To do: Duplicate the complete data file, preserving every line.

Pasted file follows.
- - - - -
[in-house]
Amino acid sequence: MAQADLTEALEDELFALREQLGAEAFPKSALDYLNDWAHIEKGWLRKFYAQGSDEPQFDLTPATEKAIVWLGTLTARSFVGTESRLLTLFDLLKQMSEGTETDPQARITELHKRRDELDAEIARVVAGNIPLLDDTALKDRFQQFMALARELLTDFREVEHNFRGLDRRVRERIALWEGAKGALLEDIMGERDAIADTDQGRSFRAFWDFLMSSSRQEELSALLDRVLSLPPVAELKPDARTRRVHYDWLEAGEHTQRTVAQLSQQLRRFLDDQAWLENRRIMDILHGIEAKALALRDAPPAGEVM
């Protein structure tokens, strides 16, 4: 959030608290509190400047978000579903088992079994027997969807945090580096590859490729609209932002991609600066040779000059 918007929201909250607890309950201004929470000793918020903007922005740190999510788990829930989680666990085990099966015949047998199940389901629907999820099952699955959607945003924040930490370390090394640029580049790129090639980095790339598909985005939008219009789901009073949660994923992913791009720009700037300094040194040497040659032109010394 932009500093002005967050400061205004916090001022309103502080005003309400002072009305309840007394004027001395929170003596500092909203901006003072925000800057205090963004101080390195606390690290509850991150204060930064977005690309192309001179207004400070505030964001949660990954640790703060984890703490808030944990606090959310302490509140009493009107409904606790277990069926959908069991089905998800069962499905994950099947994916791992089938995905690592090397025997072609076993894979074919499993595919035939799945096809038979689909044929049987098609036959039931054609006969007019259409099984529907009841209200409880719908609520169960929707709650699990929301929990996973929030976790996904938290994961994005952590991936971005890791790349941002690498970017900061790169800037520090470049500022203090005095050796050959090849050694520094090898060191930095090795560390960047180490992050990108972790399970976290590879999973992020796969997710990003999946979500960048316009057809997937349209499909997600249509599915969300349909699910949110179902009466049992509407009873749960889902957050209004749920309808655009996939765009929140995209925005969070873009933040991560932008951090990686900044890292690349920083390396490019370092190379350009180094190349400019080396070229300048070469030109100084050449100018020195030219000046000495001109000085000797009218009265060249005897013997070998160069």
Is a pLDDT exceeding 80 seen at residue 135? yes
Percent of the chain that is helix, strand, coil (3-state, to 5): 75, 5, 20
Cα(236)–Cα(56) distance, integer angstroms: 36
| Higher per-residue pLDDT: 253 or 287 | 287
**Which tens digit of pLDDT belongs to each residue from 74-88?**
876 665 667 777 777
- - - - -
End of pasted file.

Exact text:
[in-house]
Amino acid sequence: MAQADLTEALEDELFALREQLGAEAFPKSALDYLNDWAHIEKGWLRKFYAQGSDEPQFDLTPATEKAIVWLGTLTARSFVGTESRLLTLFDLLKQMSEGTETDPQARITELHKRRDELDAEIARVVAGNIPLLDDTALKDRFQQFMALARELLTDFREVEHNFRGLDRRVRERIALWEGAKGALLEDIMGERDAIADTDQGRSFRAFWDFLMSSSRQEELSALLDRVLSLPPVAELKPDARTRRVHYDWLEAGEHTQRTVAQLSQQLRRFLDDQAWLENRRIMDILHGIEAKALALRDAPPAGEVM
């Protein structure tokens, strides 16, 4: 959030608290509190400047978000579903088992079994027997969807945090580096590859490729609209932002991609600066040779000059 918007929201909250607890309950201004929470000793918020903007922005740190999510788990829930989680666990085990099966015949047998199940389901629907999820099952699955959607945003924040930490370390090394640029580049790129090639980095790339598909985005939008219009789901009073949660994923992913791009720009700037300094040194040497040659032109010394 932009500093002005967050400061205004916090001022309103502080005003309400002072009305309840007394004027001395929170003596500092909203901006003072925000800057205090963004101080390195606390690290509850991150204060930064977005690309192309001179207004400070505030964001949660990954640790703060984890703490808030944990606090959310302490509140009493009107409904606790277990069926959908069991089905998800069962499905994950099947994916791992089938995905690592090397025997072609076993894979074919499993595919035939799945096809038979689909044929049987098609036959039931054609006969007019259409099984529907009841209200409880719908609520169960929707709650699990929301929990996973929030976790996904938290994961994005952590991936971005890791790349941002690498970017900061790169800037520090470049500022203090005095050796050959090849050694520094090898060191930095090795560390960047180490992050990108972790399970976290590879999973992020796969997710990003999946979500960048316009057809997937349209499909997600249509599915969300349909699910949110179902009466049992509407009873749960889902957050209004749920309808655009996939765009929140995209925005969070873009933040991560932008951090990686900044890292690349920083390396490019370092190379350009180094190349400019080396070229300048070469030109100084050449100018020195030219000046000495001109000085000797009218009265060249005897013997070998160069």
Is a pLDDT exceeding 80 seen at residue 135? yes
Percent of the chain that is helix, strand, coil (3-state, to 5): 75, 5, 20
Cα(236)–Cα(56) distance, integer angstroms: 36
| Higher per-residue pLDDT: 253 or 287 | 287
**Which tens digit of pLDDT belongs to each residue from 74-88?**
876 665 667 777 777